Nick Dunbar, Senior Consultant at Vedanta Hedging writes in the Financial Times about the increased risk and cost for governments as inflation becomes more persistent across developed nations. This is one of the main reasons why Chancellor Jeremy Hunt had to be so tough last week – our interest bill is now nearly 5% of GDP, similar to what happened after World War 2!
Governments issued increasing amounts of inflation-linked bonds which was attractive for them whilst inflation was low. However given the surge in inflation in recent months, the cost to issuers has risen significantly. The UK is a perfect example of this which pioneered this form of bonds, known as “linkers”, in the 1980s.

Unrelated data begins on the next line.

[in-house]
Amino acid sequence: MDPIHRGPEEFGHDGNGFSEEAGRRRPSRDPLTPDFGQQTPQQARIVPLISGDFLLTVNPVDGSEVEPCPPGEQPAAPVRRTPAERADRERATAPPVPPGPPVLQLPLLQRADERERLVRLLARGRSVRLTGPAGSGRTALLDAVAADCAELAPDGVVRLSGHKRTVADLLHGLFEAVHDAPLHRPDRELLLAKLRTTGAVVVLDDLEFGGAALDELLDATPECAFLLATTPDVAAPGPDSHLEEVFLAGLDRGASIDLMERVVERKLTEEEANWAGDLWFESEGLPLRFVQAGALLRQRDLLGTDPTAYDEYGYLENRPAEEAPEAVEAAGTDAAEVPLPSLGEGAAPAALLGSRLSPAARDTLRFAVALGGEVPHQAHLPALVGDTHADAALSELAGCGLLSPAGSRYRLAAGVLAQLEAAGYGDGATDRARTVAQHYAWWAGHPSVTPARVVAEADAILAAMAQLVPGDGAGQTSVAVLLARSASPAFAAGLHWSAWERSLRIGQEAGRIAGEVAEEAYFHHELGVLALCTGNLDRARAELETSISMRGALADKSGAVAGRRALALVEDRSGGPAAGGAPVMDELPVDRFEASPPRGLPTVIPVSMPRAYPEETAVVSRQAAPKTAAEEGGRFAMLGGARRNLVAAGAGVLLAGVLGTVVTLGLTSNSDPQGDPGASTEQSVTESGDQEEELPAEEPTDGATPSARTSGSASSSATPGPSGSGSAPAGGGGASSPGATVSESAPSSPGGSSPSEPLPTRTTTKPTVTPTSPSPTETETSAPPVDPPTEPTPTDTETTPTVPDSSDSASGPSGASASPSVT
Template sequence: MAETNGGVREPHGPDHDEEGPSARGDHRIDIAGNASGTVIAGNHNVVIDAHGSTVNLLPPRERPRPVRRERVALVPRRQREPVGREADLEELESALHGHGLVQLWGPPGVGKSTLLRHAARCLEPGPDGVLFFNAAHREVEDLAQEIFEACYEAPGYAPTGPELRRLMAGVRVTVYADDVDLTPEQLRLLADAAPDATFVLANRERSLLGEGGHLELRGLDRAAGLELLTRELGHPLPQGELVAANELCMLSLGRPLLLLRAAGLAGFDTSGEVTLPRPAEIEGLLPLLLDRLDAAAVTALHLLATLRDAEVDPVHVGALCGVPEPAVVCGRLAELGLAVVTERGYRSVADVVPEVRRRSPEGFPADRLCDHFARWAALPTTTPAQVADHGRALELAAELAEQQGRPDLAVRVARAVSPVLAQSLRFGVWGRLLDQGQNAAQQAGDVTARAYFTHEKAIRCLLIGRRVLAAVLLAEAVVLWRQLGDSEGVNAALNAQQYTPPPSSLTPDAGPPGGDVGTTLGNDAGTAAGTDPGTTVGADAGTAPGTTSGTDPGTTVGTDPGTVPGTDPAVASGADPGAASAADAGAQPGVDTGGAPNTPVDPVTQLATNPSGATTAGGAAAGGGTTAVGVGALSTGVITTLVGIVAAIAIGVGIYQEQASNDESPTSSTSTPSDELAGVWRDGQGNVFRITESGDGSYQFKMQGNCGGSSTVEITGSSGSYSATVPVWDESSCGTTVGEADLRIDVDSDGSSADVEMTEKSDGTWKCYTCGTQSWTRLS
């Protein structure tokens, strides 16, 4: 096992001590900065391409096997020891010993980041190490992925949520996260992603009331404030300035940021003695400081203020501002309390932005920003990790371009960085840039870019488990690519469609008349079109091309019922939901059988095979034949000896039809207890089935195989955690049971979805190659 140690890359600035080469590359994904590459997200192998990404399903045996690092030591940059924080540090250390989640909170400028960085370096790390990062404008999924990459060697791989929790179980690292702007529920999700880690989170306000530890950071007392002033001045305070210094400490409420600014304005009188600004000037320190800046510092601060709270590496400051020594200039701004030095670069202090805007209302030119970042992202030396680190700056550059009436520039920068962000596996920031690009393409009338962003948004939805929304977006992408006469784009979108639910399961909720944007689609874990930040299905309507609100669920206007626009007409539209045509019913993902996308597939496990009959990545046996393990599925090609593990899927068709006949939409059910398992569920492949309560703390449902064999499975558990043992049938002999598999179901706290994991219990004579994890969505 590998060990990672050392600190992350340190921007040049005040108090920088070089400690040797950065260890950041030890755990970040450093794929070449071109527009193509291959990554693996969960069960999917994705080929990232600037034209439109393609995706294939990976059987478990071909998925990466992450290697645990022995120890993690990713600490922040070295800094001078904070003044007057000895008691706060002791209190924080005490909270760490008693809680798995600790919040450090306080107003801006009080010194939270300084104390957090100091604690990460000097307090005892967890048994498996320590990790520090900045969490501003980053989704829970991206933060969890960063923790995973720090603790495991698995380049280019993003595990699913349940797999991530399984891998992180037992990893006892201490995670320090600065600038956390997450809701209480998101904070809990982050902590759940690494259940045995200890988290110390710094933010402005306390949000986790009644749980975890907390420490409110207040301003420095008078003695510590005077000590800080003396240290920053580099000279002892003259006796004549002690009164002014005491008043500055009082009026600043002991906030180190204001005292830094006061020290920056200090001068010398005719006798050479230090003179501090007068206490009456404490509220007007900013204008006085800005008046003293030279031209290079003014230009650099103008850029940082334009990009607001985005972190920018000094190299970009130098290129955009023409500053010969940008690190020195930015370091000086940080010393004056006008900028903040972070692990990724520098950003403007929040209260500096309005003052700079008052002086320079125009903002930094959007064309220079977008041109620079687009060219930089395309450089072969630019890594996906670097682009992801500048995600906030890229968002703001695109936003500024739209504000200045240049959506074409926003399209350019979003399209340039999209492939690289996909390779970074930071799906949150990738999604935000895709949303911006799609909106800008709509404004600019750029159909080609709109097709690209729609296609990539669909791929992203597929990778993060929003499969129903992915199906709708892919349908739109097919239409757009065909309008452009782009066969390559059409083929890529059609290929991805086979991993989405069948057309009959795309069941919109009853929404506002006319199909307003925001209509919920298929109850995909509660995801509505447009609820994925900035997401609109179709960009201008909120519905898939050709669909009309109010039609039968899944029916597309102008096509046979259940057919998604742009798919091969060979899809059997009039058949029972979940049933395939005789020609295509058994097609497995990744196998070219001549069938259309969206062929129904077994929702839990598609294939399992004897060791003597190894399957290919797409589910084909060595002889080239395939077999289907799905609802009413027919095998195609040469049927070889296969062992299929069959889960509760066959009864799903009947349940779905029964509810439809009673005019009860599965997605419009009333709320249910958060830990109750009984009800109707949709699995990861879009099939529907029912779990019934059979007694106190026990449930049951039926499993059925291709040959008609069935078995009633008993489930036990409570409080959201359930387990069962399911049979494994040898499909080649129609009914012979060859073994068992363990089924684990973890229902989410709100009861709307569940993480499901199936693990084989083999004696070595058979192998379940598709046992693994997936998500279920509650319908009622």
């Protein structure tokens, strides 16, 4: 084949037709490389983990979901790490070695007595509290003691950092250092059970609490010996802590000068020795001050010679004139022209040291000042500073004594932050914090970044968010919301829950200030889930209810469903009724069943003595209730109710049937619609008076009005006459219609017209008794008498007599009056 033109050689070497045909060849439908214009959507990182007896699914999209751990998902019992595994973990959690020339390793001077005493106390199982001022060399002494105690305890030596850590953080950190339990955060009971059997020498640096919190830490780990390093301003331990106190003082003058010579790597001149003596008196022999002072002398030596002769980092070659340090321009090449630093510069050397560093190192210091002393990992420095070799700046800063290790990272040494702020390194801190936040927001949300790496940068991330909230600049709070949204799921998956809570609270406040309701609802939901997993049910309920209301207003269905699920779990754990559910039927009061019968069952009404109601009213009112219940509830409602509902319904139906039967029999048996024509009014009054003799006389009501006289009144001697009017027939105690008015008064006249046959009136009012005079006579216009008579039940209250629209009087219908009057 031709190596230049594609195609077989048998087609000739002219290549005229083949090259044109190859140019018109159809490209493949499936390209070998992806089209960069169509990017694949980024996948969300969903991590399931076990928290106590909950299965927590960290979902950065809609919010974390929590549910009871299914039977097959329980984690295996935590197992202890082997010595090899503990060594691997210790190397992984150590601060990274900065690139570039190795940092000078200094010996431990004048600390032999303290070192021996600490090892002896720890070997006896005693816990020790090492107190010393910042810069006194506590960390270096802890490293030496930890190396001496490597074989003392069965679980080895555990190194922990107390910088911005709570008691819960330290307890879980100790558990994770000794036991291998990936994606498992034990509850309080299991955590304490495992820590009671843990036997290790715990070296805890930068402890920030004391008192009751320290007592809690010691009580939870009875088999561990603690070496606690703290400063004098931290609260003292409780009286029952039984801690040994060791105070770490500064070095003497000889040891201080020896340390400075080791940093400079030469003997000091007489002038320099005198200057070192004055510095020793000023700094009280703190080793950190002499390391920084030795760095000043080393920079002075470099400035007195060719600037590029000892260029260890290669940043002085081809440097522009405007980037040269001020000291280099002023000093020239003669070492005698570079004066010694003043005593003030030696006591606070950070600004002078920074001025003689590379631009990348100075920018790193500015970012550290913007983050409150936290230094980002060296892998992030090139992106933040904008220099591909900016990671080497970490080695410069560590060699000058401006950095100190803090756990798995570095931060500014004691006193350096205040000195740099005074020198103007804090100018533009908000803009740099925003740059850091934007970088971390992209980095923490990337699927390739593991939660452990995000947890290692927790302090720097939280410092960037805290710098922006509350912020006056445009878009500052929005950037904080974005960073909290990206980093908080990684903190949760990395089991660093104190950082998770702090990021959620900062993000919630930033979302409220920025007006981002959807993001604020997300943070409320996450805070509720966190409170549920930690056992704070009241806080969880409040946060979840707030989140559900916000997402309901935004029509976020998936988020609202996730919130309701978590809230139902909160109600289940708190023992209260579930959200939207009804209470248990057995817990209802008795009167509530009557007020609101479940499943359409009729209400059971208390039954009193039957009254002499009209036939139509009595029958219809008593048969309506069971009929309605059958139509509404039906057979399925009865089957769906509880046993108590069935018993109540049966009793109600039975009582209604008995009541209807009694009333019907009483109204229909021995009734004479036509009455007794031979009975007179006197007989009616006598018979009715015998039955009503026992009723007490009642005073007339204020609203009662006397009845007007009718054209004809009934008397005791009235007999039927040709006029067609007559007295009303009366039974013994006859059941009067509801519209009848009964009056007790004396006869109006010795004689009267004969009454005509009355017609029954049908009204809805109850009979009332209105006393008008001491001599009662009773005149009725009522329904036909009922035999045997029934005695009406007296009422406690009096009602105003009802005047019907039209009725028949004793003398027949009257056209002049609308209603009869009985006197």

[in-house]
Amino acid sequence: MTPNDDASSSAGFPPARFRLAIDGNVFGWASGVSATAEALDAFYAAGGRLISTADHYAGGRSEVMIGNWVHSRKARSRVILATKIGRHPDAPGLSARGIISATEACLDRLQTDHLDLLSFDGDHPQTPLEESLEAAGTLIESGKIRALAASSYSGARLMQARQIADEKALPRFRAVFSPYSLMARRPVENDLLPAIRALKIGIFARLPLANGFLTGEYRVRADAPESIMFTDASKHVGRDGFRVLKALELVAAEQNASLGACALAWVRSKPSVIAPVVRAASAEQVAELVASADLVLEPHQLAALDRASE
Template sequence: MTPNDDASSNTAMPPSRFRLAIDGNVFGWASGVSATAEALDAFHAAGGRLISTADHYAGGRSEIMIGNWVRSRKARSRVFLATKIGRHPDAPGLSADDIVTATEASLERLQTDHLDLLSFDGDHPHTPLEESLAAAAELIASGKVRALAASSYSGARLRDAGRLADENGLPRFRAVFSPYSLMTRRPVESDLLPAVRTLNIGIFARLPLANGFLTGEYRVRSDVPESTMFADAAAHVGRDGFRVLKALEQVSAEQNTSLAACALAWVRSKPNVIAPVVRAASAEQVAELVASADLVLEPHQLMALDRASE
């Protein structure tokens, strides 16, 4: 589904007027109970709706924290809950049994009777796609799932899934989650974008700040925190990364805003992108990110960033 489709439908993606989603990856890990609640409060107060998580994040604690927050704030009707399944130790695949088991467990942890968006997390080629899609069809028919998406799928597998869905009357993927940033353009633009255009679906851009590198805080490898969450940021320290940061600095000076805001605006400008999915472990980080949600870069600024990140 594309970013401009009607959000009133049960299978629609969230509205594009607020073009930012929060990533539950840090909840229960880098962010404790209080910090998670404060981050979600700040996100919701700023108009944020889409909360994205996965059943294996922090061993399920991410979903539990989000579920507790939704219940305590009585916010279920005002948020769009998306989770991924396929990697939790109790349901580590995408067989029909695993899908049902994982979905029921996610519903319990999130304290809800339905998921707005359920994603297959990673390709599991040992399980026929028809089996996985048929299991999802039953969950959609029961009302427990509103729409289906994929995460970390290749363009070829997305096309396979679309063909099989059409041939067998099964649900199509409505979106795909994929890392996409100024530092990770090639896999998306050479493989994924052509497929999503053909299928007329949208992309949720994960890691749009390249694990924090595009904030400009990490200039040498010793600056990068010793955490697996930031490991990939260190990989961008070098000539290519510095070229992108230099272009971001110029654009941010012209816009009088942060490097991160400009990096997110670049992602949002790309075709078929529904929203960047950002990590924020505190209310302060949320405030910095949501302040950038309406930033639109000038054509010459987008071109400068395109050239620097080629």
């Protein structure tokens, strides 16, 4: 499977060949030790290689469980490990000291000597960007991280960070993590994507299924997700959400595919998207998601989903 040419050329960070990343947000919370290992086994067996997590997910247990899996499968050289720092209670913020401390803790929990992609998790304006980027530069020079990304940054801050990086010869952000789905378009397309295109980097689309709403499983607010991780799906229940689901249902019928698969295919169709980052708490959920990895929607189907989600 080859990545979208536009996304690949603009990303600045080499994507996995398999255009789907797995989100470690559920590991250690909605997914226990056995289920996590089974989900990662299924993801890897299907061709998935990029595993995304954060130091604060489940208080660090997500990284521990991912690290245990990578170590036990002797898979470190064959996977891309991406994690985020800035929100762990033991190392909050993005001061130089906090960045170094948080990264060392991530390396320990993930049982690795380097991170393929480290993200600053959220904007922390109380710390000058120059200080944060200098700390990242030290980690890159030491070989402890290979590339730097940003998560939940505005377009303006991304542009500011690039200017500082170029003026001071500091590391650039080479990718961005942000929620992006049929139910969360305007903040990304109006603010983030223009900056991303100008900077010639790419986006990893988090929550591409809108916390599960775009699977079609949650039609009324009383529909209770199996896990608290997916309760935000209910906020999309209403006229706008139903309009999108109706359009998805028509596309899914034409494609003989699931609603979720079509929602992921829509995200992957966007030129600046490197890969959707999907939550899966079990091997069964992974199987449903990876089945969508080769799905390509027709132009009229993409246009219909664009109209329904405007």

The UK’s Office for National Statistics has flagged the rising cost of linkers, noting that index-linked gilts accounted for £55bn of the UK’s £92bn interest payment bill in the year to August — an outsized contribution considering that they are 25 per cent of outstanding gilts.
Meanwhile, the US is set to pay $150bn in interest this year on its portfolio of Treasury inflation-protected securities, half the amount it pays on nominal Treasury bonds, according to the US Treasury website. This is even more remarkable, given that just 9 per cent of US government bonds are Tips.
These costs are set to rise further, based on market inflation expectations. We estimate that for the £2tn of UK gilts, annual interest costs are set to rise to £110bn a year in 2024, and stay at around £100bn annually for a decade. That’s double UK government forecasts and doesn’t take into account any additional borrowing.
Please see below for the full article in the Financial Times:A shock looms for governments over inflation-linked bonds _ Financial Times